UN Secretary-General Ban Ki-moon said a trust fund he launched to fight Ebola, with a $1 billion goal, has a paltry $100,000 in the bank. He appealed to nations to do more about a "huge and urgent global problem that demands a huge and urgent global response." Some $20 million has been spent from the fund.
France said that on Saturday it will begin screening passengers who arrive at Paris' Charles de Gaulle airport on the once-daily flight from Guinea's capital.
In the US, Customs and health officials at airports in Chicago, Atlanta, suburban Washington and Newark, New Jersey, were to begin taking the temperatures of passengers from the three hardest-hit West African countries Thursday. The screenings, using no-touch thermometers, started Saturday at New York's Kennedy International Airport.
With hospitals and airports on heightened alert, Frieden said the CDC is receiving hundreds of requests for help in ruling out Ebola in travelers. So far 12 cases merited testing, he said.
Frieden said investigators are trying to figure out how the nurses caught the virus from that Liberian patient, Thomas Eric Duncan. In the meantime, he said, their cases show a need to strengthen the infection-control procedures that "allowed for exposure to the virus."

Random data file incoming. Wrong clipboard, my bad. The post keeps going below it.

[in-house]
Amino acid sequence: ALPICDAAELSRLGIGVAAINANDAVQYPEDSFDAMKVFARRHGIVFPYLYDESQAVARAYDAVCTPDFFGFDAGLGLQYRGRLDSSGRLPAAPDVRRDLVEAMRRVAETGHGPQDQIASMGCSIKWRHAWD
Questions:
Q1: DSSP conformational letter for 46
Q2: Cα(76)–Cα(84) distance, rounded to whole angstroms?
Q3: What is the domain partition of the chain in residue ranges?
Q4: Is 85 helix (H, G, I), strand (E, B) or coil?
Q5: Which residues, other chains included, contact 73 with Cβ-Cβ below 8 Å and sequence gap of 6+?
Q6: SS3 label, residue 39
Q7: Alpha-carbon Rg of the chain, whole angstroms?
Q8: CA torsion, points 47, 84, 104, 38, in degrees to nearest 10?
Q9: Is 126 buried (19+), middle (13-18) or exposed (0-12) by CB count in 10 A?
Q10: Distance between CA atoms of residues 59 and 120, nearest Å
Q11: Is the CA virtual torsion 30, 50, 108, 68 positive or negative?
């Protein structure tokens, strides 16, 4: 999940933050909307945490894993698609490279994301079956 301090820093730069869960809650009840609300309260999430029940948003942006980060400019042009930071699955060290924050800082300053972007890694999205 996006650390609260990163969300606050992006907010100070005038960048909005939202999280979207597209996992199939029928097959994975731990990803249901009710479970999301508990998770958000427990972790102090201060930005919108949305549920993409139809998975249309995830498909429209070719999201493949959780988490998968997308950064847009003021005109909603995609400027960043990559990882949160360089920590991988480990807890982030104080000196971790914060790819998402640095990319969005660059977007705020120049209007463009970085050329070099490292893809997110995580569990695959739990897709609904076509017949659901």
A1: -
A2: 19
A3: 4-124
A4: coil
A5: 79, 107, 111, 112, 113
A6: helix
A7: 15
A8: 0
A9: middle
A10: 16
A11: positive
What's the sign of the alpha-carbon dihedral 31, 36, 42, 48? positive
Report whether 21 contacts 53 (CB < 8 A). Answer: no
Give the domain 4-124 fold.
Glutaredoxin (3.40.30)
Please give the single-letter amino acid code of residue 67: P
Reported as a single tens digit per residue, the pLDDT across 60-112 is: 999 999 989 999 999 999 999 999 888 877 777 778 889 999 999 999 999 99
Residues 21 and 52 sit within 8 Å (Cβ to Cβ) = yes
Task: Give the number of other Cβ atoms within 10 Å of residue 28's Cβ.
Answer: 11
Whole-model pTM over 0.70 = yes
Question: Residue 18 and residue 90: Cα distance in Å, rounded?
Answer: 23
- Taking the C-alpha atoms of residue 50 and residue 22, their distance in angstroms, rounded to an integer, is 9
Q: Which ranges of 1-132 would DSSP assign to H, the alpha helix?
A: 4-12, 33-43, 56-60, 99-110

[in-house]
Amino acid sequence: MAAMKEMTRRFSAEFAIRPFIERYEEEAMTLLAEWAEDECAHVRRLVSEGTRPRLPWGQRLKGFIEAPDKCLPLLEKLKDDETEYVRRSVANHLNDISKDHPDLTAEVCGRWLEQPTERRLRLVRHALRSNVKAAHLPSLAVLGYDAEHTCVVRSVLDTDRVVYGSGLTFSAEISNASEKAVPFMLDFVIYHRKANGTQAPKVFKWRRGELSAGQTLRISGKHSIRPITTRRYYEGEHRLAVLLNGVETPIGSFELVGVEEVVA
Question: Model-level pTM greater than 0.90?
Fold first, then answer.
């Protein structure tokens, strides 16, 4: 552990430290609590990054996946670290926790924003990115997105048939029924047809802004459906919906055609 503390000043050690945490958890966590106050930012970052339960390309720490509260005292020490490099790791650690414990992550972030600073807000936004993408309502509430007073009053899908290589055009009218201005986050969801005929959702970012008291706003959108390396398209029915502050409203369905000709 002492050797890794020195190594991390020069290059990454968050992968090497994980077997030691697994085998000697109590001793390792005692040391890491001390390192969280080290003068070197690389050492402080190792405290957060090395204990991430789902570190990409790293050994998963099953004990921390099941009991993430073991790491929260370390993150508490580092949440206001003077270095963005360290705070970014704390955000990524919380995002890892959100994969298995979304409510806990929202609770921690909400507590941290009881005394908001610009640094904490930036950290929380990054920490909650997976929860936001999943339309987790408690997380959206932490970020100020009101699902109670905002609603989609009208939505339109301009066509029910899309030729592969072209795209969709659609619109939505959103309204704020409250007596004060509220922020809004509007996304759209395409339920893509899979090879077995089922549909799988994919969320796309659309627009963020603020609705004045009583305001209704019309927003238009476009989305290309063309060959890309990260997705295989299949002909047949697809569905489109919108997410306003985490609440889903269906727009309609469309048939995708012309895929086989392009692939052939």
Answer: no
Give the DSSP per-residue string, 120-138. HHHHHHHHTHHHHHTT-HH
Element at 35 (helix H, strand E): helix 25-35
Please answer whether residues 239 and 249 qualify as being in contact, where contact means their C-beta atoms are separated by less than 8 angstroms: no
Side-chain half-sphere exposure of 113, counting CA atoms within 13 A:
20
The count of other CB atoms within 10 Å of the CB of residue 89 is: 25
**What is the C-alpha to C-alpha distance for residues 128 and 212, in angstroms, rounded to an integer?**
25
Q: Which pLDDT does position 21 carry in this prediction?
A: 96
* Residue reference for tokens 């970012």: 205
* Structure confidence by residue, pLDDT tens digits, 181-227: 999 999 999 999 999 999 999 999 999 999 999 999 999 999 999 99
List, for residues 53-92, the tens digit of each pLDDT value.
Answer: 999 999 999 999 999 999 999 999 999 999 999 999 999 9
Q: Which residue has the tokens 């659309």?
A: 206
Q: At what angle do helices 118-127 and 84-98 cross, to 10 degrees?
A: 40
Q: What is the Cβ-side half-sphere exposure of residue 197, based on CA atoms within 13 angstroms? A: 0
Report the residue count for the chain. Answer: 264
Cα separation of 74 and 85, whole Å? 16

Duncan's death and the sick health care workers in the US and Spain "intensify our concern about the global health threat," said Dr. Anthony Fauci, director of the Institute of Allergy and Infectious Diseases at the National Institutes of Health.
He said two Ebola vaccine candidates were undergoing a first phase of human clinical testing this fall. But he cautioned that scientists were still in the early stages of seeking new treatments or a vaccine.
A nurse at the Dallas hospital, Texas Health Presbyterian, on Thursday described a "chaotic scene" when the hospital faced Duncan, its first Ebola patient.
Briana Aguirre, who has helped treat the first nurse who was infected, told NBC's "Today" show she felt exposed in the protective gear the hospital provided.
"In the second week of an Ebola crisis at my hospital, the only gear they were offering us at that time, and up until that time, is gear that is allowing our necks to be uncovered?" Aguirre said, adding that she piled on gloves and booties in triplicate and wore a plastic suit up to her neck.
The hospital said it used the protective gear recommended by the CDC and updated the equipment as CDC guidelines changed. Because nurses complained that their necks were exposed, the hospital ordered hoods for them, according to a statement from Texas Health Presbyterian.
Frieden said nurse Amber Joy Vinson never should have been allowed to fly on a commercial jetliner because she had been exposed to the virus while caring for the first Ebola patient.
Still, a CDC official cleared Vinson to board the Frontier Airlines flight from Cleveland to the Dallas area. Her reported temperature — 99.5 degrees — was below the threshold set by the agency, according to agency spokesman David Daigle.
Ebola patients are not considered contagious until they have symptoms.
Vinson was diagnosed with Ebola a day after the flight, news that sent airline stocks falling amid fears it could dissuade people from flying.
Frontier has taken the aircraft out of service. The plane was flown Wednesday without passengers from Cleveland to Denver, where the airline said it would undergo a fourth cleaning, including replacement of seat covers, carpeting and air filters.